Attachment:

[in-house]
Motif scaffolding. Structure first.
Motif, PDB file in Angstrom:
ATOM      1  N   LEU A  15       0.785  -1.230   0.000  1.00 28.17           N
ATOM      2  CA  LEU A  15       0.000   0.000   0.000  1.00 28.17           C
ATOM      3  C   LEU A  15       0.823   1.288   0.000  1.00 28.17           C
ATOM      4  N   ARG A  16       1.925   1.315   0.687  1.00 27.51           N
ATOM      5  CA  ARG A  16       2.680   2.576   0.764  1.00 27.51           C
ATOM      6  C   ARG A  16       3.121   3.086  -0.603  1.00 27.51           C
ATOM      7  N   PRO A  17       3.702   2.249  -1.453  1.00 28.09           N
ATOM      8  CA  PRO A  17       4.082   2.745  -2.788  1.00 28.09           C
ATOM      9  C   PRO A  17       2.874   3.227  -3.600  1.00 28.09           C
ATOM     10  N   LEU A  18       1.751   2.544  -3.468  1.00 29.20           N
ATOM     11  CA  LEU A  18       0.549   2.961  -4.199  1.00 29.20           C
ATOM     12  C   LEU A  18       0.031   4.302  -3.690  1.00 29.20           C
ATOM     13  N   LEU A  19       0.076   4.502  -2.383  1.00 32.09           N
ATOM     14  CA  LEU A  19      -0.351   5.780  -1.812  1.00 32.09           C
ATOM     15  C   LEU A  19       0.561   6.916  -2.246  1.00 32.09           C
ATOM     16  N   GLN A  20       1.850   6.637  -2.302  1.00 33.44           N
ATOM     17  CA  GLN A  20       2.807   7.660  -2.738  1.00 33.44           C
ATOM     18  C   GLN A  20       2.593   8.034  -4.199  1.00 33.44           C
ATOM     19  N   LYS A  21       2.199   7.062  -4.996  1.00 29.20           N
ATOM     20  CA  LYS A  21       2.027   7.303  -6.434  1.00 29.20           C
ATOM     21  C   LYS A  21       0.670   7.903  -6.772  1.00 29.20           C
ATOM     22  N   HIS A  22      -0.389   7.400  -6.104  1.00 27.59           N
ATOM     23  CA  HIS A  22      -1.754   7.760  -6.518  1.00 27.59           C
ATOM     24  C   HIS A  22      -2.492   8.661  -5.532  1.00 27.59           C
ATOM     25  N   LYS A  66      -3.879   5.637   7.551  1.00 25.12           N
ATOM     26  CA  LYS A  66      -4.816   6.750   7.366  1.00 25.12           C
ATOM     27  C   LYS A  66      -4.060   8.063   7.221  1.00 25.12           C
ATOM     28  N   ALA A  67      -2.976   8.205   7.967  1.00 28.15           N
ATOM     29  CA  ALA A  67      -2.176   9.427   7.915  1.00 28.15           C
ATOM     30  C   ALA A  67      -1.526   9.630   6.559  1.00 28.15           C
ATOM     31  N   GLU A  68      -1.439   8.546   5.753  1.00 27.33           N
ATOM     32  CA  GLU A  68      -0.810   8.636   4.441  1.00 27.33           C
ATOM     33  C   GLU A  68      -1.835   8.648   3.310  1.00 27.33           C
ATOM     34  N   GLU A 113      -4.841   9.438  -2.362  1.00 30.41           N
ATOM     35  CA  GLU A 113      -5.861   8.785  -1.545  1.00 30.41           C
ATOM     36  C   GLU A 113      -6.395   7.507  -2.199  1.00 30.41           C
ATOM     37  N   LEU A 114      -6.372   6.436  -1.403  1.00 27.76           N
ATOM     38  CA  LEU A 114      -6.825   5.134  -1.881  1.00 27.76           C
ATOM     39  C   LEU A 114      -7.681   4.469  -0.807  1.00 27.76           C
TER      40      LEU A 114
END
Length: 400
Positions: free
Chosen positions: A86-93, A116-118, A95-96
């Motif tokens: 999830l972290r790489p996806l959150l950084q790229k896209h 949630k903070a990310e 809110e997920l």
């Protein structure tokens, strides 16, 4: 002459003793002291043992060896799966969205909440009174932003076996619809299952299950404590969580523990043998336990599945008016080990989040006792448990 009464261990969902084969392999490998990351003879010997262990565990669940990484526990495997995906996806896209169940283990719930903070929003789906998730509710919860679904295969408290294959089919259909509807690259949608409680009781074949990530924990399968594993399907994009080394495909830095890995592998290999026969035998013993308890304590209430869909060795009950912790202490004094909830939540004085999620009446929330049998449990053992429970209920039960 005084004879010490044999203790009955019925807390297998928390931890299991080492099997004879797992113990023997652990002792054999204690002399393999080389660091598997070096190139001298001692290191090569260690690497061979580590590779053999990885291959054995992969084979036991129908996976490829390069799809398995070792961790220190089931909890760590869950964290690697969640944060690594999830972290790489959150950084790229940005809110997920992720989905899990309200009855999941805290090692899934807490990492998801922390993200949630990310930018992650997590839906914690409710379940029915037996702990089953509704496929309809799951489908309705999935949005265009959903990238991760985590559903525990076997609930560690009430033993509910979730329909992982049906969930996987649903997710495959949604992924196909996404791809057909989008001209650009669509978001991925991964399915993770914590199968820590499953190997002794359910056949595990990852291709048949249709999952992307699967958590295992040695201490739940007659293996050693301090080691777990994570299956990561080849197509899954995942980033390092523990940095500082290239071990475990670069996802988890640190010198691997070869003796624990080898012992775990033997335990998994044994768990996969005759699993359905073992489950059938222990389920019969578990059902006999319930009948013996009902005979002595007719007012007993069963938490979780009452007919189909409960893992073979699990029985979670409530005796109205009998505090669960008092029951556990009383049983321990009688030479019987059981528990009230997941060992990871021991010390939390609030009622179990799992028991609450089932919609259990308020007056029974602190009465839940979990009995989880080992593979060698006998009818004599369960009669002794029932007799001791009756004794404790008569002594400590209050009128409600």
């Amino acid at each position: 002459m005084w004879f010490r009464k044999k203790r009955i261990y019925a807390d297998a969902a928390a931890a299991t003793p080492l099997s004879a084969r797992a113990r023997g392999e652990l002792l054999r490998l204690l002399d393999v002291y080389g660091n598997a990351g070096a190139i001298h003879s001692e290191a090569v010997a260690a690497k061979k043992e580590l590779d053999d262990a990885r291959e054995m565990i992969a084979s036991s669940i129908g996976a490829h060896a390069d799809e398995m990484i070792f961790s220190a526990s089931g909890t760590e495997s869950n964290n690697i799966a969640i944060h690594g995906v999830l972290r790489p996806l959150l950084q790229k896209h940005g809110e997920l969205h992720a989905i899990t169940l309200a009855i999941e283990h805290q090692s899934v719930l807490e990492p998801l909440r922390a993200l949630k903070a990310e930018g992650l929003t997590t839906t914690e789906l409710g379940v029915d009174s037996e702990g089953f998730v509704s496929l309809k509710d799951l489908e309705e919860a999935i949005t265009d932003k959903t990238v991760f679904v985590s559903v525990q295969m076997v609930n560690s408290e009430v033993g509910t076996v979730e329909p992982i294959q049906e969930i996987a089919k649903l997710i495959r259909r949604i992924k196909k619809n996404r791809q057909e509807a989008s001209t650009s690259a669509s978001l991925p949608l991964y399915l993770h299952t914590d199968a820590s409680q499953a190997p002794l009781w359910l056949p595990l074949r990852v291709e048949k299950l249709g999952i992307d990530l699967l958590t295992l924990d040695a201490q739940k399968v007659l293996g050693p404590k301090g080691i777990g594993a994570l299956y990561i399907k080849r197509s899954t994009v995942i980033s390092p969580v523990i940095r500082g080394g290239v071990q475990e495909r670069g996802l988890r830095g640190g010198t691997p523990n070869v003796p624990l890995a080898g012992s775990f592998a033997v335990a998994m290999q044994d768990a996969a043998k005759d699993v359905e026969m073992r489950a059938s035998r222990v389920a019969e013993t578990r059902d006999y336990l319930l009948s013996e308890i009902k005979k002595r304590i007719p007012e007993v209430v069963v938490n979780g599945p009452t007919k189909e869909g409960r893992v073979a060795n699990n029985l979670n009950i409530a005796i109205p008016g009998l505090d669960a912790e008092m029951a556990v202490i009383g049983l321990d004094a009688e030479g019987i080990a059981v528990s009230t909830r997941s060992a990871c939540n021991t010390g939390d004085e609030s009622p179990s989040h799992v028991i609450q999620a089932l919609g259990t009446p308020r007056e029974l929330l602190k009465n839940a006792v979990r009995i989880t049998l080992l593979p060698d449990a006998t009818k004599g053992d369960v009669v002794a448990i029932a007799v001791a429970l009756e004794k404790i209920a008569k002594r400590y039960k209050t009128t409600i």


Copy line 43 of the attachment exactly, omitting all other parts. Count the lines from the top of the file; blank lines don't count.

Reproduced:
TER      40      LEU A 114